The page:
Sometimes it was snowy, it was always cold during swim practice and the point I’m trying to make is, I think that helped establish a mental discipline. I had no idea at the time, it was just what I did as a competitive swimmer. I didn’t think anything more of it.

That has translated into a good mental discipline, attitude, focus for Ironman racing.

BRAD BROWN:  Drills and sets in the pool, what are some of the things you love doing? What would your favorite workout in the pool be?

CHRIS MONTROSS:  It varies and it depends on time. For Kona 2015, all of the pool swimming, every single swim was done on a swim tether. So I would set my, I have a Garmin 920, and I would set it to beep every 5 minutes and most of the sets I did were based on that.

A favorite workout for me, then depending on where I was in the training, I would swim for an hour, an hour and a half or two hours. But probably one of my favorites would be, I would do a 10 minute, two beep warm up and then I would count strokes where I’d swim say 10 easy strokes, actually I’d start out 10 hard strokes, 10 easy and I’d go up in increments of 10, up to either 80 or 100 and then I’d go back down. And then on some days I would reverse that where I would start out at 80, go down to 10 and then back up to 80 or 100.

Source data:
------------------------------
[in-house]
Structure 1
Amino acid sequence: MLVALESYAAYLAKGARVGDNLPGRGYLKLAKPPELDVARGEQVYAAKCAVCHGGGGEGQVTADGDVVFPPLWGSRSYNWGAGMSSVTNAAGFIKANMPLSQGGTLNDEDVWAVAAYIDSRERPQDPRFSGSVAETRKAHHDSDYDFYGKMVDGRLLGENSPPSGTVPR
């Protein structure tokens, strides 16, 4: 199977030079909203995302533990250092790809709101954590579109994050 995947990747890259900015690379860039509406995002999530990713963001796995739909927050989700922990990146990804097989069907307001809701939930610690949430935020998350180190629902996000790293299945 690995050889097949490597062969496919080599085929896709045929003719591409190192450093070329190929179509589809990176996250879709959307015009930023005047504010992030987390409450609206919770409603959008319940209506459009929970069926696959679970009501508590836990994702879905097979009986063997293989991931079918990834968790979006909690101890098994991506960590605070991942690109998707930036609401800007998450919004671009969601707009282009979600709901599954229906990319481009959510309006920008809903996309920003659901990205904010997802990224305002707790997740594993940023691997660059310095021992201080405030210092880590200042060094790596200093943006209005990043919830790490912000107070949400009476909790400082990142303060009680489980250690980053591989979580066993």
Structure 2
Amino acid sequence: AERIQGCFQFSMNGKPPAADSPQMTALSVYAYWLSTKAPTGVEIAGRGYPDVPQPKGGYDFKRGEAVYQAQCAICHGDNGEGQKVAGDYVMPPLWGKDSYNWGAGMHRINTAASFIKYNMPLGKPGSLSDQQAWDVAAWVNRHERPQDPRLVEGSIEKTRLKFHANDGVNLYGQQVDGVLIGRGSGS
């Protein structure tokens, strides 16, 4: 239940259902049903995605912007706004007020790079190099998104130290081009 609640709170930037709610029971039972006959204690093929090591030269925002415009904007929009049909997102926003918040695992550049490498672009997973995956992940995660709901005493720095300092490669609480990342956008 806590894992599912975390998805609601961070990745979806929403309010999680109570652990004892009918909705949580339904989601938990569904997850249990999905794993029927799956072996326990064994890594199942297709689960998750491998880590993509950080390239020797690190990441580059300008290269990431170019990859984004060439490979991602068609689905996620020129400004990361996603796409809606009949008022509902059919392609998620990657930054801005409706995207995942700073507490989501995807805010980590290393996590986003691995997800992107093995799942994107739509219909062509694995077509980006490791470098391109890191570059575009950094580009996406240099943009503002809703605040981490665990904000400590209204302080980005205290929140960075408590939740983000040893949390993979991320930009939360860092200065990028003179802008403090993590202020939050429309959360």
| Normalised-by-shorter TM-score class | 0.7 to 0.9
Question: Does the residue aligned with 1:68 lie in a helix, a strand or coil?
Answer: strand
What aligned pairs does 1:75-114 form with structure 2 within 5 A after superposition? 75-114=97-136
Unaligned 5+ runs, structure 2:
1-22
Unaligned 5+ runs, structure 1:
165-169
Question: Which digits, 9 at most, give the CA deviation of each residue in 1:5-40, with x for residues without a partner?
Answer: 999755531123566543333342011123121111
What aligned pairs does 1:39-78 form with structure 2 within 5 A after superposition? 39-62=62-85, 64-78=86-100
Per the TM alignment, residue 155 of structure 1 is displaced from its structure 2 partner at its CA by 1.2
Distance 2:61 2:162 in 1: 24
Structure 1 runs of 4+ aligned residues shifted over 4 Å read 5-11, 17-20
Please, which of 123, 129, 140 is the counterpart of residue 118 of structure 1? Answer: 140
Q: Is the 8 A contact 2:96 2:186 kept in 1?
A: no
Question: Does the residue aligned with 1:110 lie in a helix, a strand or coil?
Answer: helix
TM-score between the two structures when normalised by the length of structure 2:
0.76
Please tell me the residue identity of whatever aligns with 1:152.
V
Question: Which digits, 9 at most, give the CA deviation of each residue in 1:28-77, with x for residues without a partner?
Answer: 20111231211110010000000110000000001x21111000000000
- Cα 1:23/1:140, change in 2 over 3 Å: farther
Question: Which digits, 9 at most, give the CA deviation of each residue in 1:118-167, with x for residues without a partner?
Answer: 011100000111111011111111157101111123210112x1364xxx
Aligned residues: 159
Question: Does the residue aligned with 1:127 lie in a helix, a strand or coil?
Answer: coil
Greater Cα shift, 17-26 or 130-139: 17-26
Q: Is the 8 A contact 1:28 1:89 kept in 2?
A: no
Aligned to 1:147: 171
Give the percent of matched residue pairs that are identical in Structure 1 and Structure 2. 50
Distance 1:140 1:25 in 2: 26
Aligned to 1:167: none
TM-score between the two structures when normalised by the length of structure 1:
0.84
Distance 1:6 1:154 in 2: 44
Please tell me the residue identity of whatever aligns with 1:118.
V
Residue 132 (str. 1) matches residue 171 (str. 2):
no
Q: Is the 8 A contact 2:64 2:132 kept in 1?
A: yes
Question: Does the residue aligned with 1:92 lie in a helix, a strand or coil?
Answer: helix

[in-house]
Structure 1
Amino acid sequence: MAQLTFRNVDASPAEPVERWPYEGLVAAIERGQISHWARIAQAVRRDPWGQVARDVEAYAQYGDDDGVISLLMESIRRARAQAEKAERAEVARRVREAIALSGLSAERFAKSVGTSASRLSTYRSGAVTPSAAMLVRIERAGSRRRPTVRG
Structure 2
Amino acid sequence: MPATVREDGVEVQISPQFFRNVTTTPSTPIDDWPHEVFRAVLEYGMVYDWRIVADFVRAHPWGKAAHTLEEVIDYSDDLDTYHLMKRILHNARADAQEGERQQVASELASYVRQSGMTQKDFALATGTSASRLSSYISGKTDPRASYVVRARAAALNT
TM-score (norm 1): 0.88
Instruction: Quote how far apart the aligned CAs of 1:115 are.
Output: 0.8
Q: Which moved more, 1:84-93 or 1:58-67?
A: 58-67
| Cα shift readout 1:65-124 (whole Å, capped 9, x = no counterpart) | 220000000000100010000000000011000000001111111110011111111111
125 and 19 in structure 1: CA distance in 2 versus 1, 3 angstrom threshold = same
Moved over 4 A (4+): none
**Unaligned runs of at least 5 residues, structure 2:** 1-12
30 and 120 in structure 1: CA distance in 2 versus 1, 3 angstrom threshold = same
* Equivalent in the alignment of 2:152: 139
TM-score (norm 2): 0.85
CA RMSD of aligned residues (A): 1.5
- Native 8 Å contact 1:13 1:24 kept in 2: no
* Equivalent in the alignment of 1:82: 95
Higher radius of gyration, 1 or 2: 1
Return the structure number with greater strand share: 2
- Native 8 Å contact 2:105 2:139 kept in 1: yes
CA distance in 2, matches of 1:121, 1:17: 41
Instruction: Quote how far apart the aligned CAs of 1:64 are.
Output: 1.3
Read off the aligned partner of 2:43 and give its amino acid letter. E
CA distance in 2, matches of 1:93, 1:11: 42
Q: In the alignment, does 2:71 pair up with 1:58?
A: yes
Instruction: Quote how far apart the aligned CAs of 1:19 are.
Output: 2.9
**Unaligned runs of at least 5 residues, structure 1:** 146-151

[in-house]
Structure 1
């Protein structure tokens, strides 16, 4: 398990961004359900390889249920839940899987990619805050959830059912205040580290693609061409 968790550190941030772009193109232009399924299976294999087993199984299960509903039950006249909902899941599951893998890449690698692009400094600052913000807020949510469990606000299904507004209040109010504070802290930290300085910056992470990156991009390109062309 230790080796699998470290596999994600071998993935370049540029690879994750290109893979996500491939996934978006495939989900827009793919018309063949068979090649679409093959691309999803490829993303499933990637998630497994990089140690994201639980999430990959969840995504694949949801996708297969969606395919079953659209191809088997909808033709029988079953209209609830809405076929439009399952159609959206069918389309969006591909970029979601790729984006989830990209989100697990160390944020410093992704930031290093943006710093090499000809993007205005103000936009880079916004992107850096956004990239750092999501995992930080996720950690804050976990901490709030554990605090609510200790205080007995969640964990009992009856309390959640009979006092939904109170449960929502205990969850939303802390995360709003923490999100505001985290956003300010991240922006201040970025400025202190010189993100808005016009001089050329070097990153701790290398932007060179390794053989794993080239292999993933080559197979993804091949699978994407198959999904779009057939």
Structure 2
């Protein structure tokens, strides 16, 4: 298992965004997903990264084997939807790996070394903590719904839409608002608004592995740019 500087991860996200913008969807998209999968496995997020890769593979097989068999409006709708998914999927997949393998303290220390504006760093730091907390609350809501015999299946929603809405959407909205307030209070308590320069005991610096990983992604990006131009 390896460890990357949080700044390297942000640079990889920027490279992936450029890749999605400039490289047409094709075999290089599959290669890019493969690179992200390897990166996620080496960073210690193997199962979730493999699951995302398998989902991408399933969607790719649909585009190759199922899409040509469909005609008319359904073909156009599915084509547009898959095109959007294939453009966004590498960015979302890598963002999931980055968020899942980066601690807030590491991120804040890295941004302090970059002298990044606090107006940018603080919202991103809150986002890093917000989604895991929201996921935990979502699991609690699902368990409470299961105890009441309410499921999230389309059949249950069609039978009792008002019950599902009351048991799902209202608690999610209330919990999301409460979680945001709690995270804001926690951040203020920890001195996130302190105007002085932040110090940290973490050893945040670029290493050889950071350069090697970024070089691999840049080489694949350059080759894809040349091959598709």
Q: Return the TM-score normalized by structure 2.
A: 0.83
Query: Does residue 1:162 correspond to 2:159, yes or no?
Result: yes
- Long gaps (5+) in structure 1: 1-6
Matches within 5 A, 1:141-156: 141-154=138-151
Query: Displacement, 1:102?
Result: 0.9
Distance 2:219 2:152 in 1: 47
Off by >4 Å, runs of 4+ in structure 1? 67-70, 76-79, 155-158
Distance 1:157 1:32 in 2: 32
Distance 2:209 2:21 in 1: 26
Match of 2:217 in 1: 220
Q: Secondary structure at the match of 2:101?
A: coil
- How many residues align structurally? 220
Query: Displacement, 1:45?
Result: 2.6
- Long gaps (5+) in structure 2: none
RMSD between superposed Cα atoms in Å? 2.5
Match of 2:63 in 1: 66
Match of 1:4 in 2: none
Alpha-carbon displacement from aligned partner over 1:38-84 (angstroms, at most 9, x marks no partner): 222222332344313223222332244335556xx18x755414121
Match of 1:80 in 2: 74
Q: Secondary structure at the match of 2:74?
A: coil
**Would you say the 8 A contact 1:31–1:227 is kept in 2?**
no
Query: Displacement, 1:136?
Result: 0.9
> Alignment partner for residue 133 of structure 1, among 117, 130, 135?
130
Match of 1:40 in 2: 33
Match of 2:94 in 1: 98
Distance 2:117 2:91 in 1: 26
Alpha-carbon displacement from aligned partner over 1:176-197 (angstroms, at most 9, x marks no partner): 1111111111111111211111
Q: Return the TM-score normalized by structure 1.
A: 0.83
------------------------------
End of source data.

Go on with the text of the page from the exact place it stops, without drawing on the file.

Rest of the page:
Mixing up your Ironman swim training will make it easier

Then I would swim 15 minutes breaststroke, 15 minutes backstroke, 15 minutes butterfly which I can’t do 15 minutes of butterfly on a tether, but I worked my way up from starting to do 20 strokes of butterfly with freestyle in between. Up to now, I do 50 strokes of butterfly and then I’ll do a little freestyle to kind of recover a little bit, and then I’d do 50 more and I’d do that for 15 minutes.

I have some tier paddles that I use and they’re small because I’m on a tether, so I’d get in a 10-15 minute paddle set and then I’d typically do a cool down. And now I’m starting to do more lap pool swimming and I’m starting to throw in a lot more sprints that I had really not typically done in the past, but that’s a very standard template for me.

It’s something I kind of enjoy every once in a while, just for simplicity, I would do, I do the 10 minute warm up, then I’d do 15 minutes at race pace, 5 minutes easy, 15 minutes at race pace, 5 minutes easy and things like that. But kind of, if I just change it up a little bit, it would not get super dull.